Bruxism refers to an oral parafunctional activity which occurs in most humans at some point in their lives. The grinding of the teeth and the clenching of the jaw are the two main characteristics of this condition, which can occur either during the day or at night.
Bruxism is one of the most common known sleep disorders and causes most of its damage during sleeping hours. The clenching and grinding which accompanies bruxism is symptomatic of a malfunctioning chewing reflex, which is turned off in non-sufferers when sleeping. For sufferers, deep sleep or even naps, cause the reflex nerve control center in the brain to turn off, and the reflex pathways to become active.
Typically, the incisors and canines (front 6 upper and lower teeth) of opposing arches grind against each other laterally. This side to side action puts undue strain on the medial pterygoid muscles and the temporomandibular joints. Earache, depression, headaches, eating disorders and anxiety are amongst the most common symptoms of bruxism; which often accompanies chronic stress, Alzheimer’s disease and alcohol abuse.
Bruxism is frequently misdiagnosed or not diagnosed at all, because it is only one of several potential causes of tooth wear. Only a trained professional can tell the difference between bruxing wear and wear caused by overly aggressive brushing, acidic soft drinks and abrasive foods.
A BiteStrip® is an economical device used to diagnose bruxism at home. The device itself is a small electromyography which senses and monitors any activity in the jaw muscles during sleep. The frequency and severity of the condition can then be assessed and the best treatment plan can be formulated.
Check out what others are saying about our Bruxism services on Yelp: Bruxism Cranford
Reasons for the treatment of bruxism
- Gum recession and tooth loss – Bruxism is one of the leading causes of gum recession and tooth loss; firstly because it damages the soft tissue directly, and secondly because it leads to loose teeth and deep pockets where bacteria can colonize and destroy the supporting bone.
- Occlusal trauma – The abnormal wear patterns on the occlusal (chewing) surfaces can lead to fractures in the teeth, which may require restorative treatment.
- Arthritis – In severe and chronic cases, bruxing can eventually lead to painful arthritis in the temporomandibular (TMJ) joints (the joints that allow the jaw to open smoothly).
- Myofascial pain – The grinding associated with bruxism can eventually shorten and blunt the teeth. This can lead to muscle pain in the myofascial region and debilitating headaches.
Treatment options for bruxism
There is no single cure for bruxism, though a variety of helpful devices and tools are available. Here are some common ways in which bruxism is treated:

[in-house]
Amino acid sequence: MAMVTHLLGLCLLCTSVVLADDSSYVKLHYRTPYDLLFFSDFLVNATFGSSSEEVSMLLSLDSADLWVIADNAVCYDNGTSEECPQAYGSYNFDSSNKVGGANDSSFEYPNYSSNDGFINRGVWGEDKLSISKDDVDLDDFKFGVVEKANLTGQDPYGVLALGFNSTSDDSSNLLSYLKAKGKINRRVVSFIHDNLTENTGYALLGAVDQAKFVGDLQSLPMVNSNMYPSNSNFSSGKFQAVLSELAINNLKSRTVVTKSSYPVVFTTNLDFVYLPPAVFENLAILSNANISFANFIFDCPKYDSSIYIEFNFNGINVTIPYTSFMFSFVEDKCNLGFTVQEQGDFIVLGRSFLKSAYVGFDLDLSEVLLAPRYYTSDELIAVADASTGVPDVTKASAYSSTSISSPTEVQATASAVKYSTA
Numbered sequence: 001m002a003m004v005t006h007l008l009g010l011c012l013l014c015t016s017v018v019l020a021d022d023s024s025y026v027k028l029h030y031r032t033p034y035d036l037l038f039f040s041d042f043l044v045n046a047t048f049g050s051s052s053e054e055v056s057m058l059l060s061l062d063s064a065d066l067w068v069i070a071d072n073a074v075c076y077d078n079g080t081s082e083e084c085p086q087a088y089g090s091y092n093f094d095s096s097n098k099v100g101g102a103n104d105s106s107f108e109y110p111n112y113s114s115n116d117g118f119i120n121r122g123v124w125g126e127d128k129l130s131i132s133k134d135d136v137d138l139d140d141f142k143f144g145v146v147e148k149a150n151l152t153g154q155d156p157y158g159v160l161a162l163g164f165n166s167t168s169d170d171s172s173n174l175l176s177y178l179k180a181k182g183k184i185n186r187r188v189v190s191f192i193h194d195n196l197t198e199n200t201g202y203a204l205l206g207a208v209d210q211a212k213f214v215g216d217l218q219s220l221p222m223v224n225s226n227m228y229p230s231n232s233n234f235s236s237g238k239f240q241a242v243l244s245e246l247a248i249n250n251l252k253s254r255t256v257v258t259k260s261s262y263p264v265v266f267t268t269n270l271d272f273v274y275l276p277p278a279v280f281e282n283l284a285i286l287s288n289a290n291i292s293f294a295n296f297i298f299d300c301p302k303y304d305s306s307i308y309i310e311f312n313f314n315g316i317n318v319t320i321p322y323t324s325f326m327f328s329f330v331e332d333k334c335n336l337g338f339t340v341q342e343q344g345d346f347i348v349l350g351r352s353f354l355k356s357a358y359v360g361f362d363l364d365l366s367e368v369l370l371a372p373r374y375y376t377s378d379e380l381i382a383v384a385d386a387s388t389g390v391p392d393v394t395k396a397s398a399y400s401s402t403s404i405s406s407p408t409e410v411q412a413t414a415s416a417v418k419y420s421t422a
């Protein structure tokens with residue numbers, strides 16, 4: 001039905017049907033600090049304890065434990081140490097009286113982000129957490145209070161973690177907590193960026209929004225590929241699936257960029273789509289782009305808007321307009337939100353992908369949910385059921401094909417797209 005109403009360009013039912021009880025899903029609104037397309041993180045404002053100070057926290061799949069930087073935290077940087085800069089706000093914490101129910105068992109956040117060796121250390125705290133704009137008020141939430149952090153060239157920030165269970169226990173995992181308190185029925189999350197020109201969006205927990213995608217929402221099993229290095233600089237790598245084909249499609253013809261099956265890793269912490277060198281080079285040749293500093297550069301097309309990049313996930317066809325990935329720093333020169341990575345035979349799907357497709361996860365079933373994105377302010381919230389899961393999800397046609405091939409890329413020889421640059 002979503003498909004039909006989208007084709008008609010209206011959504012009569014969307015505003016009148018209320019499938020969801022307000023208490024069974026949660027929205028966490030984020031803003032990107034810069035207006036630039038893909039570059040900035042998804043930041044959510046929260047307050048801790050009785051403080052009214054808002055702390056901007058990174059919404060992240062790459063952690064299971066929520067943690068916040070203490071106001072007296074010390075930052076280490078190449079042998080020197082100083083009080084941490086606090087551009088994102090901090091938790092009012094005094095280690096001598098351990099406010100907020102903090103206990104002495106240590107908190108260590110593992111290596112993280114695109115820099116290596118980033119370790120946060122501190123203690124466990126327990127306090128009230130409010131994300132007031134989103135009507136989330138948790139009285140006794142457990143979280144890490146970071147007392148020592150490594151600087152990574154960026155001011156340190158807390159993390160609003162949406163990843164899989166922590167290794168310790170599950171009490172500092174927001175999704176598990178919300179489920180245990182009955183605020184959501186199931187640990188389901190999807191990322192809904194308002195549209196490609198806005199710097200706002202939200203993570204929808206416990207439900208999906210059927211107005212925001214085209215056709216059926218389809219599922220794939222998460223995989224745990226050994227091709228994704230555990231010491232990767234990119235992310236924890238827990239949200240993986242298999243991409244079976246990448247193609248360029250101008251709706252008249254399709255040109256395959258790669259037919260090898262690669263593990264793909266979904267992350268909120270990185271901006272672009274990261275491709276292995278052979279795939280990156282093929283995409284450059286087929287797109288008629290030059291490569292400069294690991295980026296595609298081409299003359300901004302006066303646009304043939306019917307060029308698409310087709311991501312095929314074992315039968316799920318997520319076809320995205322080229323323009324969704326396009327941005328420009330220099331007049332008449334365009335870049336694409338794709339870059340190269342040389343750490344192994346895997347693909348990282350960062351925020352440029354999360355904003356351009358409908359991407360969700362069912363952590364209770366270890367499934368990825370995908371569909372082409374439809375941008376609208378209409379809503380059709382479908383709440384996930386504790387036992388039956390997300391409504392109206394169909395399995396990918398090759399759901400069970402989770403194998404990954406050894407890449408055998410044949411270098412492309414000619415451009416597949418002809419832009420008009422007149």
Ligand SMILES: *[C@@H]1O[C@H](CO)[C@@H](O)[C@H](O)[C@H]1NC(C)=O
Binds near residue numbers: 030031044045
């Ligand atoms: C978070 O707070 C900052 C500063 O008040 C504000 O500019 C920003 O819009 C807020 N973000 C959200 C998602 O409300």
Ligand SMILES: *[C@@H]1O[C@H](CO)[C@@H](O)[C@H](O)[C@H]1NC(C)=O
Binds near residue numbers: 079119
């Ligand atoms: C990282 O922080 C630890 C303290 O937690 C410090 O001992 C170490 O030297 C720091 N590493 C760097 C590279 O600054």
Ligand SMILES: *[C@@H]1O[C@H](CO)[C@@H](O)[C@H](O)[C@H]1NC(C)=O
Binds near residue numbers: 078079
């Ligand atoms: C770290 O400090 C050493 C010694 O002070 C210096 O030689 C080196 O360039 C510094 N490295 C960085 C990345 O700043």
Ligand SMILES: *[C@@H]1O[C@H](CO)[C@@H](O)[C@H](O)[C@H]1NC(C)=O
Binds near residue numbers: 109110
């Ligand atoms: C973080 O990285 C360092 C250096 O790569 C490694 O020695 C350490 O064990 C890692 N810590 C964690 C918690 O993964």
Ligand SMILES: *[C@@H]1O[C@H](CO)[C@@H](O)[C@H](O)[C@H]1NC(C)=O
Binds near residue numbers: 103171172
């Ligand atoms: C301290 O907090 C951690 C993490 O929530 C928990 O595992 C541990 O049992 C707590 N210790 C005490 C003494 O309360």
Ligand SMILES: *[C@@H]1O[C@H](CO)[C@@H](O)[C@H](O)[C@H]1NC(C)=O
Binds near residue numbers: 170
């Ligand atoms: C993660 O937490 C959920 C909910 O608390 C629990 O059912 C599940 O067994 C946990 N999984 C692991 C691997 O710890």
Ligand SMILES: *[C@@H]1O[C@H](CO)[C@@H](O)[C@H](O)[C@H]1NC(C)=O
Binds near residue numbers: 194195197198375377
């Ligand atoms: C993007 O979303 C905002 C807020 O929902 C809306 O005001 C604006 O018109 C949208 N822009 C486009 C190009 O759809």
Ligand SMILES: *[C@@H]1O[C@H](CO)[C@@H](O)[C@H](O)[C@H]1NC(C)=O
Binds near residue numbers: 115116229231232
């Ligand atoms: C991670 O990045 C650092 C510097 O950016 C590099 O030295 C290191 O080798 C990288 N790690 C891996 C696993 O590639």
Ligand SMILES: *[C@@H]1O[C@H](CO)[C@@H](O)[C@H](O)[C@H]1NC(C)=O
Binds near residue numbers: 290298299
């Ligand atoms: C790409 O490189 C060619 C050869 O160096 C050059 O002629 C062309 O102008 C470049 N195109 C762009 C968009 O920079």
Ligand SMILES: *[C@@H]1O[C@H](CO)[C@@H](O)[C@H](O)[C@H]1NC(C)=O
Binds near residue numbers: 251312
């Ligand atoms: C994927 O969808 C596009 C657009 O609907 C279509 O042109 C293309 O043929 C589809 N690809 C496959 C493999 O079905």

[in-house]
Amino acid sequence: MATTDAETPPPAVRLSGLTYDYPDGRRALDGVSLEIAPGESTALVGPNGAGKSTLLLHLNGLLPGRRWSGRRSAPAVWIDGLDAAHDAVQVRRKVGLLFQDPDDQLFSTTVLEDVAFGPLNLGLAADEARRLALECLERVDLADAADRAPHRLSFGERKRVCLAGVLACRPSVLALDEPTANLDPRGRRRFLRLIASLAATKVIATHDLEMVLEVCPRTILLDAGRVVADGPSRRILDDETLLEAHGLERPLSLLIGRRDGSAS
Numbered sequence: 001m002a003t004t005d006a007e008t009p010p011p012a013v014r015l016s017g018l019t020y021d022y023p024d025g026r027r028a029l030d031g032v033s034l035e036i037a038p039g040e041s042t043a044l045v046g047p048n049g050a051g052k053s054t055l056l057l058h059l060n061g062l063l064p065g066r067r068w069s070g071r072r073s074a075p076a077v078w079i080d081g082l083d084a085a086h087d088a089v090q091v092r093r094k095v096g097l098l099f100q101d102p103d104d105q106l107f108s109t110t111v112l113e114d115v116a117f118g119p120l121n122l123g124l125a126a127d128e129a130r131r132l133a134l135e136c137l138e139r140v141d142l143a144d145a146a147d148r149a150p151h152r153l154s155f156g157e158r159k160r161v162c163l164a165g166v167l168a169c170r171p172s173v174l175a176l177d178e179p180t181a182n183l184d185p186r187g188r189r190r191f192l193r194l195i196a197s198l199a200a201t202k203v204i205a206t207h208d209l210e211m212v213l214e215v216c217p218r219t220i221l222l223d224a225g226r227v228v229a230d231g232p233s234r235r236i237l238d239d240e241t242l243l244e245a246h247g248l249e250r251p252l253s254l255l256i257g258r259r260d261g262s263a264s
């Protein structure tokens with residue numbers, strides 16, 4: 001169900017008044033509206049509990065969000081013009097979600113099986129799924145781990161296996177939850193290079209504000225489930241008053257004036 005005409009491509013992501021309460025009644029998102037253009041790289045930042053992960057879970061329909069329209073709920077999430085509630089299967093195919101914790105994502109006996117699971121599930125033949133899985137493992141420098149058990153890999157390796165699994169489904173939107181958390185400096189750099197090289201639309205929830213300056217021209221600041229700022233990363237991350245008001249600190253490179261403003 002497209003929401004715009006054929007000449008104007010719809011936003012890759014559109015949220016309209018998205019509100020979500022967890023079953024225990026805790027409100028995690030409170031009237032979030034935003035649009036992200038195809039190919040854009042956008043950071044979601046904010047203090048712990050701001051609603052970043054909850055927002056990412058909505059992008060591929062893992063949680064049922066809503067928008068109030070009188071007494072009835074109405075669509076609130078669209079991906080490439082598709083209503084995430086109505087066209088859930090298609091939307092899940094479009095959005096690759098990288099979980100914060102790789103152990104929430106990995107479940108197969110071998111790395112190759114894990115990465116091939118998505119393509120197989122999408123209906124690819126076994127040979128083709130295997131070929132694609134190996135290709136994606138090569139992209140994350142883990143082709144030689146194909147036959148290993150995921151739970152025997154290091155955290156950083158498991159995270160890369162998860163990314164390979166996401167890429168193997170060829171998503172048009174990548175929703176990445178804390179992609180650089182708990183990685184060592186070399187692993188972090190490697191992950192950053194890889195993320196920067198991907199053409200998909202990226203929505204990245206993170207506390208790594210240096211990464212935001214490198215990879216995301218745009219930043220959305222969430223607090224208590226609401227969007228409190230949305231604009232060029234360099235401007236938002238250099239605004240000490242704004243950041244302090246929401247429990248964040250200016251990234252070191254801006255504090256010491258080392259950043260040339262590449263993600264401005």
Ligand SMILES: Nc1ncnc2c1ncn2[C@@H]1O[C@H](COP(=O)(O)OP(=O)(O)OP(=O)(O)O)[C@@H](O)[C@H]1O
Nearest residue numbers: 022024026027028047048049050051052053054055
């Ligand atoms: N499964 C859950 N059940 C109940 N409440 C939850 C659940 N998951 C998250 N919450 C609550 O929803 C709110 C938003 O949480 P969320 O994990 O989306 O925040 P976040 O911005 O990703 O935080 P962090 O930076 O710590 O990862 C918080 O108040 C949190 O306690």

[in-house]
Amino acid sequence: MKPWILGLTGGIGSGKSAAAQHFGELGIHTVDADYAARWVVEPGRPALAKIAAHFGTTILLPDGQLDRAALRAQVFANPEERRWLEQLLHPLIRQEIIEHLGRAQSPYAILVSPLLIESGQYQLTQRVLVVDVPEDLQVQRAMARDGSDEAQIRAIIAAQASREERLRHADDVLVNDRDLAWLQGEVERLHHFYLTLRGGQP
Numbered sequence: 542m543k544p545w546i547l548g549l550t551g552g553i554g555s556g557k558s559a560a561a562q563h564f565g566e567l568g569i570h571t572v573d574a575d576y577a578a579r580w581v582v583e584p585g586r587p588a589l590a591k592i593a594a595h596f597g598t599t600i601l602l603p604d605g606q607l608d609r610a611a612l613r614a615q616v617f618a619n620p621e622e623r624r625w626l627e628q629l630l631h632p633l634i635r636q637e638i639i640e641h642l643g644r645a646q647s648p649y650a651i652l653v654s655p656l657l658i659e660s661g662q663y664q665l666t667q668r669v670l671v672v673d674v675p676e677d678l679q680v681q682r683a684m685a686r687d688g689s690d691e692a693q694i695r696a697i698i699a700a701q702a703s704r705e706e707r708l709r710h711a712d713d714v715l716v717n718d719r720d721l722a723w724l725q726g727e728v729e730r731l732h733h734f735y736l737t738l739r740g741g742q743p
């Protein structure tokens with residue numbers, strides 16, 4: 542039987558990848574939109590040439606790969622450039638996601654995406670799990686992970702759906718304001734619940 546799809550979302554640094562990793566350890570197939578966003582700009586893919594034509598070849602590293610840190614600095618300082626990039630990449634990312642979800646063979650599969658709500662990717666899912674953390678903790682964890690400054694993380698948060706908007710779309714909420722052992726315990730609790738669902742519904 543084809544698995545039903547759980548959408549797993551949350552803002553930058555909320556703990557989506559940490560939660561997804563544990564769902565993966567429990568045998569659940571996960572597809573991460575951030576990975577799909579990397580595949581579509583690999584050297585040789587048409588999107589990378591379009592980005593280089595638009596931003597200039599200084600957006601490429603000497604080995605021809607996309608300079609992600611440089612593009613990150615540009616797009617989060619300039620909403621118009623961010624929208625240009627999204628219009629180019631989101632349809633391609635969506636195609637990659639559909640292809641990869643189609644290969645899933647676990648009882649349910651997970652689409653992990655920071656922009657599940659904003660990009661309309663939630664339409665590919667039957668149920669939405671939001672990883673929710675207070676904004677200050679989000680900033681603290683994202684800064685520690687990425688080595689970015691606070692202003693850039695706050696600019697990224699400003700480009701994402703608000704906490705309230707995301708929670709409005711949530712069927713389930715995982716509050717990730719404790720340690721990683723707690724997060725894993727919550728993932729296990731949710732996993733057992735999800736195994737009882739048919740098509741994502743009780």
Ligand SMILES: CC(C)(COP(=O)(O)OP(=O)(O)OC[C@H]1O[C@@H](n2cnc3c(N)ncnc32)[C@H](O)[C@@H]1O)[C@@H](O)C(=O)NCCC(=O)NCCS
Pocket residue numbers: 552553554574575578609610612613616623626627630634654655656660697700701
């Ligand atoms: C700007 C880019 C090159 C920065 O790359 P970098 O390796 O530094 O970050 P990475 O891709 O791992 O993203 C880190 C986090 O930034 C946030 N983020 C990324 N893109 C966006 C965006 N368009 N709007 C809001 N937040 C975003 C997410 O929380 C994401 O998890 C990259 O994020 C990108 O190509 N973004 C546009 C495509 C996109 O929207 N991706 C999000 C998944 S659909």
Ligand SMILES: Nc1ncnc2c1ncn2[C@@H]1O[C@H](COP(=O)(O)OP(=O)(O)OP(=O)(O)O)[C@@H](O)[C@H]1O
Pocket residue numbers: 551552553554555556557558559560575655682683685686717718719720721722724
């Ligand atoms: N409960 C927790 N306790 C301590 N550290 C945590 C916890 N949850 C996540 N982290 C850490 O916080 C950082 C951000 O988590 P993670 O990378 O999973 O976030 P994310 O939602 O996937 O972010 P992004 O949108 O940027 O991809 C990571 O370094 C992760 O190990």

- Mouthguards – An acrylic mouthguard can be designed from tooth impressions to minimize the abrasive action of tooth surfaces during normal sleep. Mouthguards should be worn on a long-term basis to help prevent tooth damage, damage to the temporomandibular joint and help to stabilize the occlusion.
- NTI-tss device – This device is fitted by a health professional and only covers the front teeth. The goal of the NTI-tss is to prevent the grinding of the rear molars by limiting the contraction of the temporalis muscle.
- Botox® – Botox® can be injected into the muscles to relax and weaken them. Botox® is an excellent treatment for bruxism because it weakens the muscles enough to prevent the grinding, but not enough to interfere with everyday functions like chewing and speaking.
Other methods of treatment include relaxation exercises, stress management education and biofeedback mechanisms. When the bruxing is under control, there are a variety of dental procedures such as crowns, gum grafts and crown lengthening that can restore a pleasant aesthetic appearance to the smile.
If you have questions or concerns about bruxism, please ask your dentist.
Some Ways Teeth Whitening Can Improve Your Smile
If you feel more confident with whiter teeth and a brighter smile, then you should consider teeth whitening as a way to improve your smile. Teeth whitening is an in-office procedure that is safe and produces quick results that can last for a year or more. There are many benefits to teeth whitening from a general…
Are There Different Types Of Dentures?
Anyone considering getting dentures to replace part or all of their teeth needs to look into all of the options available today. They have come a long way, and there is no reason for anyone not to take advantage of all their choices. Here is a list of different types, and there is always one…
Can A Smile Makeover Improve Your Oral Health?
Most people consider a smile makeover to address cosmetic problems with the teeth or gums; however, what many do not know is that oral health can also be improved in the process. Although some smile makeover procedures do not have any oral health benefits, a lot actually do. Continue reading to learn more about these…
General Dentist Office: Providing Care For The Whole Family
Like the primary care physician, the general dentist should be one of your most important sources for maintaining good health. This dental professional can spot troubling issues in your mouth but also provide ongoing maintenance. When you choose a dentist, you can take the entire family, regardless of the person’s age or the severity of…
When Are Veneers Recommended?
Dental veneers can provide a quality, long-term solution to a number of cosmetic dental issues. Discover the common tooth troubles a dental professional may recommend these tooth coverings to fix.Each patient is unique, and a variety of factors such as age, medical history, and current oral health determine whether this type of treatment is recommended.…